Public needs to know blockchain use cases, AI needs regulation now — Andrew Yang

Public needs to know blockchain use cases, AI needs regulation now — Andrew Yang


Andrew Yang, former candidate for United States president and New York City mayor and founder of the Forward Party, had sobering observations about the uses of blockchain, or its lack of use, in the United States and U.S. regulation of artificial intelligence (AI) when he spoke Nov. 16 at the North American Blockchain Summit (NABS) in Fort Worth, TX.

Yang, who described himself as “enormous believer in smart money, smart currencies,” said he saw blockchain and Web3 technology in a sorry state, especially in the United States, which creates the risk of firms fleeing overseas. Part of the problem is public perception, Yang said:

“The way to avoid this fate it is to have positive use cases for blockchain in solving problems for the American people. […] Unfortunately, what they see in the news is just Sam Bankman-Fried and FTX.”

“We have not scratched the surface of what these tools can do to combat poverty,” Yang said. He saw other potential applications of blockchain technology in civic life as well. “Something I’m super passionate about, why is it that we can’t vote on our mobile phones?” he said.

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Yang raised concerns about AI too, saying U.S. policy on AI is “fairly limited, maybe even incoherent.” Yang was among the 2,600 tech leaders and researchers who signed an open letter calling for a moratorium on training AI systems more powerful than GPT-4. He reiterated at NABS, “We may be getting ahead of ourselves with the development of these generative models.”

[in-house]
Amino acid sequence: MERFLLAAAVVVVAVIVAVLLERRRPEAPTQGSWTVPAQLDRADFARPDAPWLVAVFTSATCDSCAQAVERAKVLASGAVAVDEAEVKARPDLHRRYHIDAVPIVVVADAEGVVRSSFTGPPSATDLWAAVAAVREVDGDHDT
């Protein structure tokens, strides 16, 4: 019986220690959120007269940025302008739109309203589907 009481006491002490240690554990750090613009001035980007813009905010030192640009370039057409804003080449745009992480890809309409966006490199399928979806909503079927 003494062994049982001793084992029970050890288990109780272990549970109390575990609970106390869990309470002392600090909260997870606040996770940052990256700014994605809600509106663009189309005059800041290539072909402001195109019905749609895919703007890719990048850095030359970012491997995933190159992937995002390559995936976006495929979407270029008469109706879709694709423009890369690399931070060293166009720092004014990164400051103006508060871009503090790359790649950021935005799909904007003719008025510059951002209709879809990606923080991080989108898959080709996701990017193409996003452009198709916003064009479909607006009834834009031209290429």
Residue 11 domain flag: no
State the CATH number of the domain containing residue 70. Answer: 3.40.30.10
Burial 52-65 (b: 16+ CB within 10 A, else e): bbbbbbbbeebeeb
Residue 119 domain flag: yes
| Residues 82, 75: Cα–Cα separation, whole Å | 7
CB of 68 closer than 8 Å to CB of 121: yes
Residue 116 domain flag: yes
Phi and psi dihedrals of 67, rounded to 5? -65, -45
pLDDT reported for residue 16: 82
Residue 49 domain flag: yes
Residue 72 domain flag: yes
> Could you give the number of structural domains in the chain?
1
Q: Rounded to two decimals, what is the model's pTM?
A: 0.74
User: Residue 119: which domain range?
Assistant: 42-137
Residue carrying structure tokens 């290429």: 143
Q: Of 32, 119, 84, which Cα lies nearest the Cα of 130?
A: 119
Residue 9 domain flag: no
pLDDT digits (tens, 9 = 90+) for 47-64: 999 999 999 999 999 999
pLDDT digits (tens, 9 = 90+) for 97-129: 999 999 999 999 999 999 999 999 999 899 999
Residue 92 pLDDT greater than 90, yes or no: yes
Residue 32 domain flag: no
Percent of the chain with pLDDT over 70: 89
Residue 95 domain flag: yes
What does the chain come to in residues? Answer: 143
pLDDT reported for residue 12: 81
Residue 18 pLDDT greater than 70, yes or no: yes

Andrew Yang at NABS on Nov. 16. Source: Turner Wright, Cointelegraph

AI is intimately tied to politics, Yang said, because of the effect it could have on campaigning and public life in general. He said:

“You saw a deep fake of the Pentagon on fire and the markets moved on that.”

The U.S. regulatory approach — “let’s wait until the fiasco happens and then we’ll have hearings about it afterwards,” Yang called it — and the “winner-take-all” economy is part of the problem. In that atmosphere, the benefits of the technological advances will be divided highly unevenly, making the existing divisions in U.S. political life worse.

Social media is governed by Section 230 of the Communications Decency Act of 1996, Yang said. Facebook didn’t even exist in 1996. So, while legislation on AI is expected to pass soon in the European Union, “We’re in danger of falling right into space because our legislative body is not functioning at a high level.”

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